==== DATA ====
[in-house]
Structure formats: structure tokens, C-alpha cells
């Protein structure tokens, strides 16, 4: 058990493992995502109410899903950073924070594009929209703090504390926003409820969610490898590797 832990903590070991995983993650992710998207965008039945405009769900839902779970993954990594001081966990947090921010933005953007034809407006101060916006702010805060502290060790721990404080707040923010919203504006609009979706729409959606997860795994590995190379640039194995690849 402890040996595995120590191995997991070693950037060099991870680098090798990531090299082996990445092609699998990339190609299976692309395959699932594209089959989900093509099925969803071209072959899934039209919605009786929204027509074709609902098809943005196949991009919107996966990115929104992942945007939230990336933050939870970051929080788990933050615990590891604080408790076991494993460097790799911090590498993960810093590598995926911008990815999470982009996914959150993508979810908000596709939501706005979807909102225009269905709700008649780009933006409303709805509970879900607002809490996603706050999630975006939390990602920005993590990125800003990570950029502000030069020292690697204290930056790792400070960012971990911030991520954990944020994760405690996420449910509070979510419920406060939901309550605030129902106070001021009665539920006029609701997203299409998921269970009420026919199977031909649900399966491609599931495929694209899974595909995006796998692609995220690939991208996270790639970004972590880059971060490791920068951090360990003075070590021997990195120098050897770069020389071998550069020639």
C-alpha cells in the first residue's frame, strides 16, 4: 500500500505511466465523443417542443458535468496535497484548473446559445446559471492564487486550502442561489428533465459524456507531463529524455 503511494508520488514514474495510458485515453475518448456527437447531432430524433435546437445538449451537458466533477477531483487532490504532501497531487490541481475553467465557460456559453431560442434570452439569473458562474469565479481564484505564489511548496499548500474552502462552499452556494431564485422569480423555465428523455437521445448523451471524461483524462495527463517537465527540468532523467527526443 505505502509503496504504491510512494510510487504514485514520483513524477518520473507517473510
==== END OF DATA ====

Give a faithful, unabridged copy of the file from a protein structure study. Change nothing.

[in-house]
Structure formats: structure tokens, C-alpha cells
């Protein structure tokens, strides 16, 4: 058990493992995502109410899903950073924070594009929209703090504390926003409820969610490898590797 832990903590070991995983993650992710998207965008039945405009769900839902779970993954990594001081966990947090921010933005953007034809407006101060916006702010805060502290060790721990404080707040923010919203504006609009979706729409959606997860795994590995190379640039194995690849 402890040996595995120590191995997991070693950037060099991870680098090798990531090299082996990445092609699998990339190609299976692309395959699932594209089959989900093509099925969803071209072959899934039209919605009786929204027509074709609902098809943005196949991009919107996966990115929104992942945007939230990336933050939870970051929080788990933050615990590891604080408790076991494993460097790799911090590498993960810093590598995926911008990815999470982009996914959150993508979810908000596709939501706005979807909102225009269905709700008649780009933006409303709805509970879900607002809490996603706050999630975006939390990602920005993590990125800003990570950029502000030069020292690697204290930056790792400070960012971990911030991520954990944020994760405690996420449910509070979510419920406060939901309550605030129902106070001021009665539920006029609701997203299409998921269970009420026919199977031909649900399966491609599931495929694209899974595909995006796998692609995220690939991208996270790639970004972590880059971060490791920068951090360990003075070590021997990195120098050897770069020389071998550069020639």
C-alpha cells in the first residue's frame, strides 16, 4: 500500500505511466465523443417542443458535468496535497484548473446559445446559471492564487486550502442561489428533465459524456507531463529524455 503511494508520488514514474495510458485515453475518448456527437447531432430524433435546437445538449451537458466533477477531483487532490504532501497531487490541481475553467465557460456559453431560442434570452439569473458562474469565479481564484505564489511548496499548500474552502462552499452556494431564485422569480423555465428523455437521445448523451471524461483524462495527463517537465527540468532523467527526443 505505502509503496504504491510512494510510487504514485514520483513524477518520473507517473510